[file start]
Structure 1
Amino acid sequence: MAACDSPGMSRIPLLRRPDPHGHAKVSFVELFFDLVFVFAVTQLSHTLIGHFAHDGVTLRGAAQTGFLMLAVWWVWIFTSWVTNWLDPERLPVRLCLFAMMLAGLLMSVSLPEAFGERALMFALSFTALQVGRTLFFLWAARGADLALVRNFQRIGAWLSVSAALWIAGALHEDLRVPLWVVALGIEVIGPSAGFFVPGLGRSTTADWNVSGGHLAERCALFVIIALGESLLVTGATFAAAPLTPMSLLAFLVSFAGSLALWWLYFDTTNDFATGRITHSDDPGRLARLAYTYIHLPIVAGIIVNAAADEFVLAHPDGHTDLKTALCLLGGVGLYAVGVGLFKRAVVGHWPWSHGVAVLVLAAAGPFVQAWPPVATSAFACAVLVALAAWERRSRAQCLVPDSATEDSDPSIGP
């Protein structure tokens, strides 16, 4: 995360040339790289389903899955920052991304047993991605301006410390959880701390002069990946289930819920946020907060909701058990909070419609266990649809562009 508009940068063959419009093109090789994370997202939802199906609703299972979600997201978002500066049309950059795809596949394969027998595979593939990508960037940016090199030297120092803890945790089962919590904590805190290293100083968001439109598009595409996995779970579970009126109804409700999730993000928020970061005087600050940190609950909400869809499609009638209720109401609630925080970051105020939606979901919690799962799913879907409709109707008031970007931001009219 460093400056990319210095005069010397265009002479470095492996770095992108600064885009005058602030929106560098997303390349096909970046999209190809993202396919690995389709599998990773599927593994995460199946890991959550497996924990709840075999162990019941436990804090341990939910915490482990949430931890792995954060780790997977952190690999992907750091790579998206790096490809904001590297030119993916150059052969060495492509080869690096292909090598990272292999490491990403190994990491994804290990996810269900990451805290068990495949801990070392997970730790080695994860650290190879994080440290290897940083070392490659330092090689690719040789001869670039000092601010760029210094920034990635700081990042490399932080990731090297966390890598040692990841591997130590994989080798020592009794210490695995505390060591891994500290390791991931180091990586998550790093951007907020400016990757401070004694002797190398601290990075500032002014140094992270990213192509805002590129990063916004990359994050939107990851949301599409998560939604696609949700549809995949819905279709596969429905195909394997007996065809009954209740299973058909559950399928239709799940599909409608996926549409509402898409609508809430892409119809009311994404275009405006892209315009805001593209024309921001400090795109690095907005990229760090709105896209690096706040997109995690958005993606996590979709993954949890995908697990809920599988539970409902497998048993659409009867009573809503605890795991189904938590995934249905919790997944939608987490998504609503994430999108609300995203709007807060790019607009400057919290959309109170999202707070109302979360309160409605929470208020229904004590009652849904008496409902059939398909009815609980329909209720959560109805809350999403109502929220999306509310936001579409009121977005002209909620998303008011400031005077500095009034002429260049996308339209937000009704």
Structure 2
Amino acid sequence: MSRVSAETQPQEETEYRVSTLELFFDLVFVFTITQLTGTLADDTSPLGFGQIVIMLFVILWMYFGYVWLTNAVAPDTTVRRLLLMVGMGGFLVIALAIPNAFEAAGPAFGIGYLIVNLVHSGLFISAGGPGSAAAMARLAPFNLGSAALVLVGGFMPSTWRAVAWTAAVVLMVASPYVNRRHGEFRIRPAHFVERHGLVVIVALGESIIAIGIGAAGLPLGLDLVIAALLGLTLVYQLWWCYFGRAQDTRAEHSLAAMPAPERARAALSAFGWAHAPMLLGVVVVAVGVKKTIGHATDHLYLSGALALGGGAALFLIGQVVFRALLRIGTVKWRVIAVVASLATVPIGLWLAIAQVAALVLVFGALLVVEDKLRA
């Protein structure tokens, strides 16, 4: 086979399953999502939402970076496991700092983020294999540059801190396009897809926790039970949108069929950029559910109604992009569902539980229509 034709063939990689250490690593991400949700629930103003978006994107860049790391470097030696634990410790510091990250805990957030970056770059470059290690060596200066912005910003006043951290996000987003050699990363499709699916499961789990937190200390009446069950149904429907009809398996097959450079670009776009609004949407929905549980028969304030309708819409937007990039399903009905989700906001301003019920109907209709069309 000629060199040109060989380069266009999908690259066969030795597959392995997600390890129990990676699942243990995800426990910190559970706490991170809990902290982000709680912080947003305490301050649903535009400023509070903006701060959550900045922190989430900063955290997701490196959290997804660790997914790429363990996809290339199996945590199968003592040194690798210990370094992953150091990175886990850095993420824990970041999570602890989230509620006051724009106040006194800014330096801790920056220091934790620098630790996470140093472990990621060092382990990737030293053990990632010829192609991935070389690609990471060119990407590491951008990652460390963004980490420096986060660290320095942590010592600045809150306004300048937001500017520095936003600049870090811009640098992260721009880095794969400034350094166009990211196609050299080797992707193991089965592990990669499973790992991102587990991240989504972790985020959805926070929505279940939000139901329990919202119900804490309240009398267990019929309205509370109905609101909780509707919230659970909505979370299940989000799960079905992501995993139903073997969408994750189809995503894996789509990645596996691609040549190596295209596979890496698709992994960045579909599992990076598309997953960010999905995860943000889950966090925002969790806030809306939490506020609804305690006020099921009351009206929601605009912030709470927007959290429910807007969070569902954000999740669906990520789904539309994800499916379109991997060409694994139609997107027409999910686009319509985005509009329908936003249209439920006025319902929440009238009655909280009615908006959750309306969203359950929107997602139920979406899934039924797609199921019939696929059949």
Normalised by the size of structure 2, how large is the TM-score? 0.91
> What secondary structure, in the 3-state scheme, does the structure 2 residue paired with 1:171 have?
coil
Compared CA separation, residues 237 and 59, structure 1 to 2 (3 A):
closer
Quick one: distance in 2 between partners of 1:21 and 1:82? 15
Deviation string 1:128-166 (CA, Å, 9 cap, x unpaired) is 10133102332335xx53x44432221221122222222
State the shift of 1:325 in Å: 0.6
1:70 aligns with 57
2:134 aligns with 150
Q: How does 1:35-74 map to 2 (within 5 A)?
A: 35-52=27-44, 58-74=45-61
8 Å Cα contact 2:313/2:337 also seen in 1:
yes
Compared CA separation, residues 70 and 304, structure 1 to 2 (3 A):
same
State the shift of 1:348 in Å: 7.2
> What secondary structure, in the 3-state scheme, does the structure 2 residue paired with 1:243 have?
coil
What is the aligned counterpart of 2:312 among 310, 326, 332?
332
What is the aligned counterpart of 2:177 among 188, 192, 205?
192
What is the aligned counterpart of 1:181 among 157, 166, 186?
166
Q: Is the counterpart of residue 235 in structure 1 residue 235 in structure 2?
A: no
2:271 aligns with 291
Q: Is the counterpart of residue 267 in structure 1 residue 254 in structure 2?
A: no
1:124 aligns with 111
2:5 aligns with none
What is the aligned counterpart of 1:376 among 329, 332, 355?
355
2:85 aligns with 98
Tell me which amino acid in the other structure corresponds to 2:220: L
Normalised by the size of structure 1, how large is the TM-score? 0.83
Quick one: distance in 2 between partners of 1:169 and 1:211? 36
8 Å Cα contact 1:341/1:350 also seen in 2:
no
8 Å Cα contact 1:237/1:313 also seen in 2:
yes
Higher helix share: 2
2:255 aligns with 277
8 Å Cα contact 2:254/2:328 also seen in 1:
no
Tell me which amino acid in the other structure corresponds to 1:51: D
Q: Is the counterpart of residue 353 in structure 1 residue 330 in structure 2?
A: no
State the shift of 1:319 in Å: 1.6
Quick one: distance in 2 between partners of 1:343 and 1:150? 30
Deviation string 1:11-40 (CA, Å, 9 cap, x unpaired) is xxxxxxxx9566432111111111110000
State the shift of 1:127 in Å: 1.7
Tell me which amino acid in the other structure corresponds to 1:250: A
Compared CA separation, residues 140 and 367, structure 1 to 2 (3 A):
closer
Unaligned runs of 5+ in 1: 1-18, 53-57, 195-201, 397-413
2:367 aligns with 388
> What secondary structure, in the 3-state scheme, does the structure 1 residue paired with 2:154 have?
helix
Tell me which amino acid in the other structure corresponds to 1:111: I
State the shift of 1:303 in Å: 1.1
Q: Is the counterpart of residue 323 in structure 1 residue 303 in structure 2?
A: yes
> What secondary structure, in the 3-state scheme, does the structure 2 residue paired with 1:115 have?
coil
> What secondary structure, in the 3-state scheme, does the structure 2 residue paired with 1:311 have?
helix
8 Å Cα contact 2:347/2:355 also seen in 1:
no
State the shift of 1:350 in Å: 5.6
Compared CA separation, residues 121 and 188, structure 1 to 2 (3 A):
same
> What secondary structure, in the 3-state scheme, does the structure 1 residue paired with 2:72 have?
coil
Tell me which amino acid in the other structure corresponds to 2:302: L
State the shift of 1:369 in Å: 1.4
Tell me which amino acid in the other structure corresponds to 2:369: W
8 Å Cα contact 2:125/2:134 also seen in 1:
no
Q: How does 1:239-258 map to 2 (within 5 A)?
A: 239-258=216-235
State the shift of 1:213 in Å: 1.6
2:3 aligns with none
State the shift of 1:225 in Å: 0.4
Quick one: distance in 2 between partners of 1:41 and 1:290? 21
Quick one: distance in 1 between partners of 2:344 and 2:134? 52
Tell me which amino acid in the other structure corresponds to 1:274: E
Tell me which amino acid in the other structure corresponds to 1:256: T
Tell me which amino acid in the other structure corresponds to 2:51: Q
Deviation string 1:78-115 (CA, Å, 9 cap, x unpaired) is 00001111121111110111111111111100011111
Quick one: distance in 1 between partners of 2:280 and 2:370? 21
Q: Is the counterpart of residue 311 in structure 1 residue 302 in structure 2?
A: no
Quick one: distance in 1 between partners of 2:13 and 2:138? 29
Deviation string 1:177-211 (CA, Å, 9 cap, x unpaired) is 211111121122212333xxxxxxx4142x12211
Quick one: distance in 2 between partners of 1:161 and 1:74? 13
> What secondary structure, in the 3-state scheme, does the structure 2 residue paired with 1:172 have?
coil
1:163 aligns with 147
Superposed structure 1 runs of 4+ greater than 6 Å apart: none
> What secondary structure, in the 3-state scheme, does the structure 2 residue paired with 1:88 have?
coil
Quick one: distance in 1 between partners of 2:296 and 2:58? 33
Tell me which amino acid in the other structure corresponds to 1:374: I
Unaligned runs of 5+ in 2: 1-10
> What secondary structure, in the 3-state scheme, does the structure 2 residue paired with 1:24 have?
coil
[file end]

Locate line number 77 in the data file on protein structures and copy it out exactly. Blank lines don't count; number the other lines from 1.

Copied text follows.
State the shift of 1:350 in Å: 5.6